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About Design

Design is a broad subject area with many definitions. At its simplest it is the process of envisioning, planning and creating objects, interactive systems, services and the built environment. It is user and planet centred and is about creating solutions for people, the natural world, physical items, or more abstract systems to address a real or future need or problem. It encompasses traditional disciplines like graphic and packaging design, craft design, product design, fashion design, and interior design. More recently new forms such as interactive digital, UX, strategic/service design and design for government have emerged. Formal design education dates from the early years of the 20th century and even earlier in certain European countries. It is firmly established as a university level subject from the 1960’s and taught in specialised academies and general universities across Europe. A notable development in the last 30 years has been the emergence of research for and through design as an important element of design education at undergraduate and postgraduate levels.

Typical degrees in the general design field in Europe are awarded at EQF Level 6, 7 and 8 with a varied nomenclature including BA /B.Des., MA /M.Sc., M.Des./M.Phil. and PhD.

Typical degrees that are offered

Design graduates find employment in a very wide range of industrial, social, educational and cultural fields which can be summarised as follows: Design as Strategy: Strategic Design, Design management, Co-design, Design innovation, Service design, Process Design, Design for Government. Design Communication: Animation Design, Visual Communication, Digital Design, Graphic Design, Brand Design. Digital Design: Web Design, Computer Games Development, Interactive Media, User Interface Design, User Experience Design, Interaction Design, Multimedia Design. Product Design: Furniture Design, Engineering Design, Craft and Applied Art (Ceramic, Glass), Jewellery Design, Packaging Design, Industrial Design, Medical Device Design. Fashion and Textiles: Gourmet Design, Design Manufacturing, Textile Design, Accessories Design, Costume Design. Structures and Places: Stage and Screen Design, Urban Planning, Interior Architecture, Landscape Design, Architecture Technology. Research Design: Design Anthropology, Design Sociology, Design Philosophy. Design Pedagogy.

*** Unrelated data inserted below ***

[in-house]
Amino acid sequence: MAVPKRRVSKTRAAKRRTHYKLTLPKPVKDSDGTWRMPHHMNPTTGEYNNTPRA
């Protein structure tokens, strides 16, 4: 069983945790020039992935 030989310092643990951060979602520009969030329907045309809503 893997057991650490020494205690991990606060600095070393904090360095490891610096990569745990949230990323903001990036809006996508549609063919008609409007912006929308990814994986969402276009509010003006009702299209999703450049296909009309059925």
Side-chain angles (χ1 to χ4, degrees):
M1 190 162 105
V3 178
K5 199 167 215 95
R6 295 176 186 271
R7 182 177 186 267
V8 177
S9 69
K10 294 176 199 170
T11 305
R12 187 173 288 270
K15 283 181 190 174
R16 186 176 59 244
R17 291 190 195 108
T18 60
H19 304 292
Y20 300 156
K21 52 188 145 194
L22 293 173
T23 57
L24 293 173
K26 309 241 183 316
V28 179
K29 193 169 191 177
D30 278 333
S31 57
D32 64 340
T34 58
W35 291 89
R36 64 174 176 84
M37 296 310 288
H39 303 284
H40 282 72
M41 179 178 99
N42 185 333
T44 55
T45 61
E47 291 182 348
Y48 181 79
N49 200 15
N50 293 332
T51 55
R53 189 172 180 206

Typical occupations/employment students achieve

View and download the Overview of typical Design field related Generic and Subject-specific Competences

Learning Outcomes


Design process and authentic assignment as teaching-learning methodology in distributed learning environment in design studies. Dr Aija Freimane, Lecturer at TU Dublin School of Art and Design Reference: Freimane, Aija, “How do you feel? Emotional wellbeing in distributed learning environment in design studies.”, 2023, 25th International Conference in Engineering and Product Design Education, 2023.   The best practice of design studies reflects an international collaboration within distributed learning environment (DLE) over time, place, and cultures: learners were separated by geography, technology, experience, time, and people. Learning-teaching paradigm of DLE was linked with situated cognition and design process where learning a subject was a process of becoming a member of that subject's community and participating in real-world situated contexts. 5 ECTS. 


Aim of the module:  The aim is to develop skills and gain experience that will enable students to work with various organisational members cross-culturally and geographically in the distributed product development process.  Project Description: The best practice was an authentic assignment of a specific example, event, or situation within a cultural and social context, requiring the student to apply theoretical concepts, critical thinking and collaborative, participatory and co-operative competencies. A teamwork studio project is a peer and group work assessment of the student's ability to work effectively within a group, focusing on communication, collaboration, problem-solving, and conflict resolution.